Decades ago, large cruise ships called dayliners traveled the wide waters of the Hudson River, ushering passengers to ports from Albany to New York City. Although time has passed, Dutch Apple Cruises keeps this tradition alive with Dutch Apple II: a 65-foot, US Coast Guard-inspected cruise ship created in the classic dayliner style. Built from a blend of indigenous and traditional sea-worthy woods, including fragrant Douglas fir and Adirondack white cedar, the three-level ship carries passengers along Albany's major waterway on narrated sightseeing tours and charter cruises.
More than 100 passengers at a time roam the enclosed, temperature-controlled decks, which boast amenities such as a dance floor and cash bar. Travelers can also step out onto the open-air deck with a pair of binoculars to spot a passing eagle or watch a bass open the fruit basket they sent it. During charters, live entertainers such as DJs, dancers, singers, and comedians join passengers for a night of revelry.
Dutch Apple Cruises also offers land tours that include specialty tours such as hop and haunt which traverses the haunted history of historic buildings or brewery and distillery tours that divulge what goes into churning beer annually.
Whitewater Challengers' certified guides steer paddlers as young as 5 across the skipping surf of the Poconos’ Lehigh River Gorge, the Black River Canyon, and the Adirondacks’ Hudson, Moose, and Salmon rivers. In the rafting industry since 1975, the guides have collectively traveled more than 16 million miles of rapids. They chart courses that satisfy a range of experience levels, from beginning jaunts down gentle rapids to advanced battles through coursing foam and wicked currents.
The crew’s ultimate goal is to make rafting a fun adventure, which means that they take care of the business end, providing all safety equipment, transportation to launch points, and lessons for novices. When not on the water, the outdoors-loving crew also organizes mountain-biking and camping trips in New York, Pennsylvania, and New Jersey.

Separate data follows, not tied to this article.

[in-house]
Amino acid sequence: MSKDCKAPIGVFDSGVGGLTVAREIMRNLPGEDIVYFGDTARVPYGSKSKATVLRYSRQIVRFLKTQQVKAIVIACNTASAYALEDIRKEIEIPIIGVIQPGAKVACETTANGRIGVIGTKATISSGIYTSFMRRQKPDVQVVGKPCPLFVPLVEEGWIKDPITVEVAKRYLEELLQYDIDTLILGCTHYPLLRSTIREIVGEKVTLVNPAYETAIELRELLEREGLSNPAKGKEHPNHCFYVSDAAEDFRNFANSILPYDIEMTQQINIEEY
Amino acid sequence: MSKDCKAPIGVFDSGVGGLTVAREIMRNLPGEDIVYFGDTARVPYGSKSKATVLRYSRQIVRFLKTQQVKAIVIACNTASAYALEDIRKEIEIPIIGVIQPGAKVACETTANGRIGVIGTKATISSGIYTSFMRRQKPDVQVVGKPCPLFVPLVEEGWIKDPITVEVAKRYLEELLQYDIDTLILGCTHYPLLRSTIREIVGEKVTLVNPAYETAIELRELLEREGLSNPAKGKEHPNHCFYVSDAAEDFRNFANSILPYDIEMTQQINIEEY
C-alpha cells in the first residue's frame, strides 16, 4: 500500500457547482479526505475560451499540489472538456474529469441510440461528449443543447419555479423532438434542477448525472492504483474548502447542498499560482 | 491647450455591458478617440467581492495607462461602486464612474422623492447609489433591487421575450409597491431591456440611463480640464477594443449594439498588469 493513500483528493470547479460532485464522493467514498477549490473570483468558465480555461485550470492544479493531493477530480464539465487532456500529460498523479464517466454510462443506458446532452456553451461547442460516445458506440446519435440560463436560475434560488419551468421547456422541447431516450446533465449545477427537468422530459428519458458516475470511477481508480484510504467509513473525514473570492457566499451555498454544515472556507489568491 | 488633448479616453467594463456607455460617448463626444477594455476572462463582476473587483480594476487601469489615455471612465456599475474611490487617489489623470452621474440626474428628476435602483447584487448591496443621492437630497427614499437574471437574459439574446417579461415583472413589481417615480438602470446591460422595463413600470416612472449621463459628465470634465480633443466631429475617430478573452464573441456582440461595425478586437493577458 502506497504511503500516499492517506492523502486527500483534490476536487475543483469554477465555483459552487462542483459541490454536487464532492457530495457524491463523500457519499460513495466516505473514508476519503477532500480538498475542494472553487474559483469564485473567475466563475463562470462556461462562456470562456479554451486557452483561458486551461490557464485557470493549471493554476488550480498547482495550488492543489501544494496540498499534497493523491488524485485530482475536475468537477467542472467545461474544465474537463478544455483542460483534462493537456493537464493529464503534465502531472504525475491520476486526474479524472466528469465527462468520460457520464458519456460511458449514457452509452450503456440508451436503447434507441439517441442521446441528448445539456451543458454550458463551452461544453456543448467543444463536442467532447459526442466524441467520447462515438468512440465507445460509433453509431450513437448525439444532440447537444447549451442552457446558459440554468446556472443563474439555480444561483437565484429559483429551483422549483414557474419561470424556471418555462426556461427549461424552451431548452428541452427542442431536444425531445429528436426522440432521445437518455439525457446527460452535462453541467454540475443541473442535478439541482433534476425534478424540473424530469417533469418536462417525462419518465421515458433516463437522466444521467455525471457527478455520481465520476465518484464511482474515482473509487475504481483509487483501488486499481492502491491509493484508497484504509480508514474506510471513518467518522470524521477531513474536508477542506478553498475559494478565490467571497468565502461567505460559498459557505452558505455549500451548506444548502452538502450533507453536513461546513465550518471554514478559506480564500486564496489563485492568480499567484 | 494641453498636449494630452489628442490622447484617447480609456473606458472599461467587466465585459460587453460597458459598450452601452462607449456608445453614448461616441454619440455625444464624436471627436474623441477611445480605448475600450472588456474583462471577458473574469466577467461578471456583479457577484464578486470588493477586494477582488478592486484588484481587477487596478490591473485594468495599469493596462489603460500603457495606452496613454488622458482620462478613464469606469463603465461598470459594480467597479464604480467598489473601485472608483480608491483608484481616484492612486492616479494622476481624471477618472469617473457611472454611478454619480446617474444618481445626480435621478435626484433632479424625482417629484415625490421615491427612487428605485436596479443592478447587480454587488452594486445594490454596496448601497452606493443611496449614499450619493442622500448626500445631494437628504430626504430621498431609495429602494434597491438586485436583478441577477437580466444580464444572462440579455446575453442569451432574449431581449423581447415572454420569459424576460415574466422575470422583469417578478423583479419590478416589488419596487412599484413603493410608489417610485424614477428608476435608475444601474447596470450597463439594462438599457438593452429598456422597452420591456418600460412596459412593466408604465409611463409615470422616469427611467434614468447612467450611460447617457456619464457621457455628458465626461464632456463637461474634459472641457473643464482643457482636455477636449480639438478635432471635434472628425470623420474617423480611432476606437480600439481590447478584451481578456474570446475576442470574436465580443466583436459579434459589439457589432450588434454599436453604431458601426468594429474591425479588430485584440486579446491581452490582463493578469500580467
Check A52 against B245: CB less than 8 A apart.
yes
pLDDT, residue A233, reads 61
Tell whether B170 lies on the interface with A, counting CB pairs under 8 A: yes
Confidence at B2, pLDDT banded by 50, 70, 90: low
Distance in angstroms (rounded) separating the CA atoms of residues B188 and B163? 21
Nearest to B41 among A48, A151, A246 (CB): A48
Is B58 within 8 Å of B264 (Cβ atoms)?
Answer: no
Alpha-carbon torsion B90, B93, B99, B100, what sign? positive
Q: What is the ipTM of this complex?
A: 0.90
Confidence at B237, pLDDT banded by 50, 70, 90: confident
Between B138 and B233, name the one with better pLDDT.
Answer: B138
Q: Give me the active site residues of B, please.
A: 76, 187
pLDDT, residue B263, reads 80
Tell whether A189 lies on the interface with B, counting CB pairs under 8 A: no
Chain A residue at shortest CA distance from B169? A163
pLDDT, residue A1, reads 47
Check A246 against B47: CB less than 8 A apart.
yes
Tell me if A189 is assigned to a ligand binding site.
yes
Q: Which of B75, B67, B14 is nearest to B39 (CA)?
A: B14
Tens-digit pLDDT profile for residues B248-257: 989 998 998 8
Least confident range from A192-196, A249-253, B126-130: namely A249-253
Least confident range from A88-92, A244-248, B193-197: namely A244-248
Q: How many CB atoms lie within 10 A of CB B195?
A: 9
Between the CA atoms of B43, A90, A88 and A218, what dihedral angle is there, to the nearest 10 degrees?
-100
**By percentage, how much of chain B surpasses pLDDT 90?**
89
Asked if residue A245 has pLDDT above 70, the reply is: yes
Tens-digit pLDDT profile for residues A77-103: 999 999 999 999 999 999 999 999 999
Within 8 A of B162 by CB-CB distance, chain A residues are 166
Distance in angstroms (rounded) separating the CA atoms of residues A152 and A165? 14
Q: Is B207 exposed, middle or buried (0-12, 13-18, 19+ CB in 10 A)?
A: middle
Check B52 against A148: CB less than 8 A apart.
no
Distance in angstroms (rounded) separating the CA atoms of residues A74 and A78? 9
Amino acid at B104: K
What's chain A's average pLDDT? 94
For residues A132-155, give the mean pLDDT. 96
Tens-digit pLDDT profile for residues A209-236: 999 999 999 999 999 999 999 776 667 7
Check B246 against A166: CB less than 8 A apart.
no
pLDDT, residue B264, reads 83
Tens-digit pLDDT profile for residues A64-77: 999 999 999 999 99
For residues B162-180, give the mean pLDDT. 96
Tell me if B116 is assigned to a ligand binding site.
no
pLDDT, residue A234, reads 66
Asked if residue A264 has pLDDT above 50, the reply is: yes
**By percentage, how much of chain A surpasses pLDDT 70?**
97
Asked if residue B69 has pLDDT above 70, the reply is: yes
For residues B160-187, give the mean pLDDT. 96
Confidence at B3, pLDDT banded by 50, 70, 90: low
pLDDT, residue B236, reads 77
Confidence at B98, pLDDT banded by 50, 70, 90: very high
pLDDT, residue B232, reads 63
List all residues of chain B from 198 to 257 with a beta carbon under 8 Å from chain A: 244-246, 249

Nestled in the verdant mountains of Lake Luzerne, Adirondack Tubing Adventures launches inner tubes, rafts, and kayaks on guided adventures down the Hudson River. Watercrafts pile up around its rustic cabin, where colorfully painted school buses await to cart parties to their body of water of choice. Once there, a seasoned guide will steer vessels across calm waters, amidst lofty trees, and past inquisitive wildlife or Boy Scouts earning their bear-linguistics badges. The company keeps a full stock of water shoes, water toys, and floating coolers available for rent.
Westfield Water Sports and Wilderness Experiences—a kayak, SUP, camping, and scuba gear shop as well as a camping store and adventure emporium—dispatches a staff of certifiable adventure-seekers to lead sojourners into the great outdoors with scuba classes, kayak classes, dive and non-dive world travel, and rock-climbing excursions. An all-around outdoorsman, camp director T. Scott Cook leans on his doctorate of Leadership Development in Adventure Education to develop nature excursions, including far-flung trips where groups snorkel in the Cayman Islands or evolve gills in the Galapagos. Back home, the summer camp’s elaborate ropes course builds teamwork between coworkers, and caving adventures allow guests to delve into mysterious depths or apartment swap with a black bear.
The instructors at EMS Schools traverse rocky, paved, and watery terrain from New England down to Virginia, imparting people with their love of the outdoors along the way. Dating back more than 40 years, the EMS Climbing School teaches pupils of all ages the tenets of climbing through introductory classes and more advanced maneuvering in self-rescue, alpine climbing, and glacier-skills classes. The watery wing of EMS's operation includes kayaking and standup-paddleboard lessons, which can help students earn certification in these water-bound endeavors, and group tours. EMS-led bike tours trace a path through the rolling hills of the Berkshires, the mansions of Newport, as well as the powdered-sugar-topped White Mountains of New Hampshire.